Not to mention he has the type of vocabulary that makes a girl breathless. That is to say, he knows so many ways to say so many things. He’s an avid owner of several thesauruses, including both the Positive and Negative Traits thesauruses. Which are extremely helpful when you come to him for help with characterizing a particularly difficult character, the way I had to several times.

All in all, if I had to pay money to get his help with making my works shine, I would scrounge, scrimp and save every penny, if only to have him touch my manuscripts again. I would go without food to do so, without a second thought.

Researching Mystery

  • Posted on August 11, 2014 at 2:35 pm

Today, I have a guest blog published over on Cindy Grigg’s website. We’ve swapped guestblogs, and her post, 9 ways to fix your Stereotyped Character is informative and fun to read! Go take a look at it! Also, take a look at the article, Researching mystery which you can find here:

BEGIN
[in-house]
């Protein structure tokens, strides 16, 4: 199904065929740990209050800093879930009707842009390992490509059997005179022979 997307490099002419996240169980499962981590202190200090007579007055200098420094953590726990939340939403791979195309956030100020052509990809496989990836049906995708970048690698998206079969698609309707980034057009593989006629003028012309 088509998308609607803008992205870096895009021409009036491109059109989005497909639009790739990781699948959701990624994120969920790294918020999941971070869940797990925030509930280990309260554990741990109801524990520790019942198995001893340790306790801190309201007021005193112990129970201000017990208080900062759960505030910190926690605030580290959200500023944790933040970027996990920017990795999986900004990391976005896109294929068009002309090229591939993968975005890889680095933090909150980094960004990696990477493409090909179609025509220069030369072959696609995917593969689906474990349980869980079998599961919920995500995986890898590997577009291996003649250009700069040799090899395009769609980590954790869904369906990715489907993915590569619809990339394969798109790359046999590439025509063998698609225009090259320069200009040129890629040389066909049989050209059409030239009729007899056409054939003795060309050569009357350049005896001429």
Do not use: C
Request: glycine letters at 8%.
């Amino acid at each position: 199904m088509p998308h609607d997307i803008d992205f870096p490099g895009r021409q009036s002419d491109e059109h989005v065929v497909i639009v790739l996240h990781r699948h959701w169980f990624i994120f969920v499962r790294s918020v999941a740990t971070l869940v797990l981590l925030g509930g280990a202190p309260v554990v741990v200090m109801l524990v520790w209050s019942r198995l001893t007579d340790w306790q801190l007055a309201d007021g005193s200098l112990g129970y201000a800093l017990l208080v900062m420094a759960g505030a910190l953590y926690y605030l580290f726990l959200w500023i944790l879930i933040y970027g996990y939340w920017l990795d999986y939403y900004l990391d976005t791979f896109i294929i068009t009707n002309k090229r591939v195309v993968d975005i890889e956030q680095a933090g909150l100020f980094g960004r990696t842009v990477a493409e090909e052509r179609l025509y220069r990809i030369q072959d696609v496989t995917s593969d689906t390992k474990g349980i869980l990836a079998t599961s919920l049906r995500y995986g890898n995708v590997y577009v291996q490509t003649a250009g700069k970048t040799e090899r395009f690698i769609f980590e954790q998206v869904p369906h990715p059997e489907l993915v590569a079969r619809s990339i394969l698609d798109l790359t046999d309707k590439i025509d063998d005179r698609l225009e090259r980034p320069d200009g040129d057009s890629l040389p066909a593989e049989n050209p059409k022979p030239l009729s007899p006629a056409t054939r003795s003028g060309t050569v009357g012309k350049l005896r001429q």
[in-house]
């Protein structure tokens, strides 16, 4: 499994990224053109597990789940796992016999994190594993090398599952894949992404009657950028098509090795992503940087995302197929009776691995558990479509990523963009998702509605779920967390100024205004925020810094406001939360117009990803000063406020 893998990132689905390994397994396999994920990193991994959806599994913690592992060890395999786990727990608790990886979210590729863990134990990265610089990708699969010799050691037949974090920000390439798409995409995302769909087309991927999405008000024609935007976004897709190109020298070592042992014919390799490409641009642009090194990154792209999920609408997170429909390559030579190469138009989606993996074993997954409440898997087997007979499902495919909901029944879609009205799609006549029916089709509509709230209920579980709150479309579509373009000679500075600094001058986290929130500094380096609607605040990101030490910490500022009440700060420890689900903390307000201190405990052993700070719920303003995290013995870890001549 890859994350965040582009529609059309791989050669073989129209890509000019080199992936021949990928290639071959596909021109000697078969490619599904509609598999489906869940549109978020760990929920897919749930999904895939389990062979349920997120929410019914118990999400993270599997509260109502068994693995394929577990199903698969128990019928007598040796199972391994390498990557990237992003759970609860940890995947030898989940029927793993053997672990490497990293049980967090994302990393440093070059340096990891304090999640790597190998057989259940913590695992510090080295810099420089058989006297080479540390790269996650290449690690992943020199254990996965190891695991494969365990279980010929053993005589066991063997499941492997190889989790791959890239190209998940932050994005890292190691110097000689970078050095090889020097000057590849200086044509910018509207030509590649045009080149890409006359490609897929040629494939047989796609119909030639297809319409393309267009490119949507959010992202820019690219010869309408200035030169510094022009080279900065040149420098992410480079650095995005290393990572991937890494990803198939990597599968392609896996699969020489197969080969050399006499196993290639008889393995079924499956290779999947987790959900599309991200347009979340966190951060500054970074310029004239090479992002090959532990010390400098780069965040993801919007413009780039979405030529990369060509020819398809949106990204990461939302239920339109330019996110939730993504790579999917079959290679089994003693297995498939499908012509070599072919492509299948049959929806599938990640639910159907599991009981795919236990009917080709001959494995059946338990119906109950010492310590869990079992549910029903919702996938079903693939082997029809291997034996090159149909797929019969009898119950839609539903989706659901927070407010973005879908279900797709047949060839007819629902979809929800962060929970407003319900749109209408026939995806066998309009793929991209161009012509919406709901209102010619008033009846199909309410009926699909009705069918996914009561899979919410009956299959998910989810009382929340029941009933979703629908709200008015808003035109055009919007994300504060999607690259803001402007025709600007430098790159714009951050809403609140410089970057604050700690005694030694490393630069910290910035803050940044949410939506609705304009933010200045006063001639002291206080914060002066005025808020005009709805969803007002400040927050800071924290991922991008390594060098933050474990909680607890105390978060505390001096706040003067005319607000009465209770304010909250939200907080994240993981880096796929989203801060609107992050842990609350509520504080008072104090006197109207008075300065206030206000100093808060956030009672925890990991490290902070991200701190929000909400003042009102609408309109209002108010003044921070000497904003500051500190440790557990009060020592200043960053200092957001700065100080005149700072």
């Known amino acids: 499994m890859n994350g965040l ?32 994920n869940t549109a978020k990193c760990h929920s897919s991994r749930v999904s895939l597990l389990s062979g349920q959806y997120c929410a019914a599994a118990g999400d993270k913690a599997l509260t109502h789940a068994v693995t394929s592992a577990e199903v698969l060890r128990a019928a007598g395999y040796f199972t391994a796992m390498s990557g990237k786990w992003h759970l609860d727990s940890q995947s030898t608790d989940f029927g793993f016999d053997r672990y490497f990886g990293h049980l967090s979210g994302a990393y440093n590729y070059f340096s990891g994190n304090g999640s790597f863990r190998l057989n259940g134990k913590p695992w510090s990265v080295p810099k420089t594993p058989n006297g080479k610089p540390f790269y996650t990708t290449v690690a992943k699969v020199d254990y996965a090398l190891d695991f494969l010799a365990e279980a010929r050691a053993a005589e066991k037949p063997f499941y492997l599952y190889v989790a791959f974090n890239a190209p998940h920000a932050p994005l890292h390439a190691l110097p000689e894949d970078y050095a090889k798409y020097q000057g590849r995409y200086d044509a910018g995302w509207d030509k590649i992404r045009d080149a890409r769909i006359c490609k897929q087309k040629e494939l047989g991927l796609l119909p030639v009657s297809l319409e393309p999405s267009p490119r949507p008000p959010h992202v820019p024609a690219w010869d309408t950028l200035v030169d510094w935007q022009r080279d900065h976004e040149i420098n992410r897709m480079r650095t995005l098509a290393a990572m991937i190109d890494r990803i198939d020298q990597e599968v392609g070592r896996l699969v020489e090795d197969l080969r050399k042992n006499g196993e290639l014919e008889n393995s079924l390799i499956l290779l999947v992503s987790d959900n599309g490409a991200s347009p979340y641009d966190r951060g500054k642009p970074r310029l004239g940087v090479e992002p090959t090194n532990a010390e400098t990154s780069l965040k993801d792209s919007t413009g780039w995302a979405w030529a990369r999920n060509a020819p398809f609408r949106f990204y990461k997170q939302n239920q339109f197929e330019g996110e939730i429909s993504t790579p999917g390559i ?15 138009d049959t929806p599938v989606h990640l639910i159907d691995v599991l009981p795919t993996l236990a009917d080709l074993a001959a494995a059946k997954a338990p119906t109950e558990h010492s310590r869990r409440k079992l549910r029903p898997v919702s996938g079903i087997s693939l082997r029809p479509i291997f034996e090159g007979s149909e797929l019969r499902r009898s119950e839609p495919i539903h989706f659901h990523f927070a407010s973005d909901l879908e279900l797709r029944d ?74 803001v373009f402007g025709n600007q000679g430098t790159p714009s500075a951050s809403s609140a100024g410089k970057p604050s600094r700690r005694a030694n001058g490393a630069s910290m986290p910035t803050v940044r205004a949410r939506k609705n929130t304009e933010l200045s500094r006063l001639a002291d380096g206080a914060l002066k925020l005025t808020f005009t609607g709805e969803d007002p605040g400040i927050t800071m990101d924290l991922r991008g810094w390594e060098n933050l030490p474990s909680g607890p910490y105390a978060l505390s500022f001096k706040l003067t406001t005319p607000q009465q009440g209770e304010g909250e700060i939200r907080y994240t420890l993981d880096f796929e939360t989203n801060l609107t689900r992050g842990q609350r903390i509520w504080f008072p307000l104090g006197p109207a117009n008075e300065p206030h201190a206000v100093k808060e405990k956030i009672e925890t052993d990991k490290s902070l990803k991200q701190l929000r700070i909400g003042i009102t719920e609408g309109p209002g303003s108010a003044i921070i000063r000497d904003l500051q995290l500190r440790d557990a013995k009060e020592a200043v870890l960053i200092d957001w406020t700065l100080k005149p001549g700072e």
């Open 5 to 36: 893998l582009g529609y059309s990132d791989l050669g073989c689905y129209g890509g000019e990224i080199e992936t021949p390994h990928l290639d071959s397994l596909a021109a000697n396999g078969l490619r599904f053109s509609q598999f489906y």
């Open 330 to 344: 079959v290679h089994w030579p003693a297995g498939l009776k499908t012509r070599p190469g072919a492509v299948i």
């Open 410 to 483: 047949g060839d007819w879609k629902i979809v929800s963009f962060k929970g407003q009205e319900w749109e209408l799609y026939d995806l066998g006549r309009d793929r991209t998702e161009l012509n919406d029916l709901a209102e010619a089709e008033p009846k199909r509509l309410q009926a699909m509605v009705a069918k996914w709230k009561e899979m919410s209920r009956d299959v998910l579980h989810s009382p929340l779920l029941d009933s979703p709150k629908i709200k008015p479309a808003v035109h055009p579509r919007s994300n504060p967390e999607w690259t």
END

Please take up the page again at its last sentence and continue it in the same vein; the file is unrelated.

If you’re curious, here’s the first two paragraphs of the article, for your perusal.

To begin with, I’m not normally a mystery author. To be specific, when I was younger, I only ever wrote fantasy novels, or romance. Now, however, I’m trying my hand at mystery novels, which means quite a bit of strife. I have a natural instinct when it comes to fantasy, so I find it easy to fall into. With Romance, I have my years as a fanfiction writer and fandom roleplayer to fall back on, which can both enhance and detract from my writing. (No one likes reading author’s notes, I’ve since learned.)

I came to mystery as a genre because I love the tense atmosphere. Maybe it’s less mystery and more suspense that I enjoy. But recently, I’ve found that I want a challenge. And the best way to challenge yourself is to write something you’ve never in a million years written before. But how can you write something you’ve never written before? How can you make sure that you don’t slip back into writing what you know? And worst of all, how do you manage to make it a GOOD manuscript when you know nothing about your genre?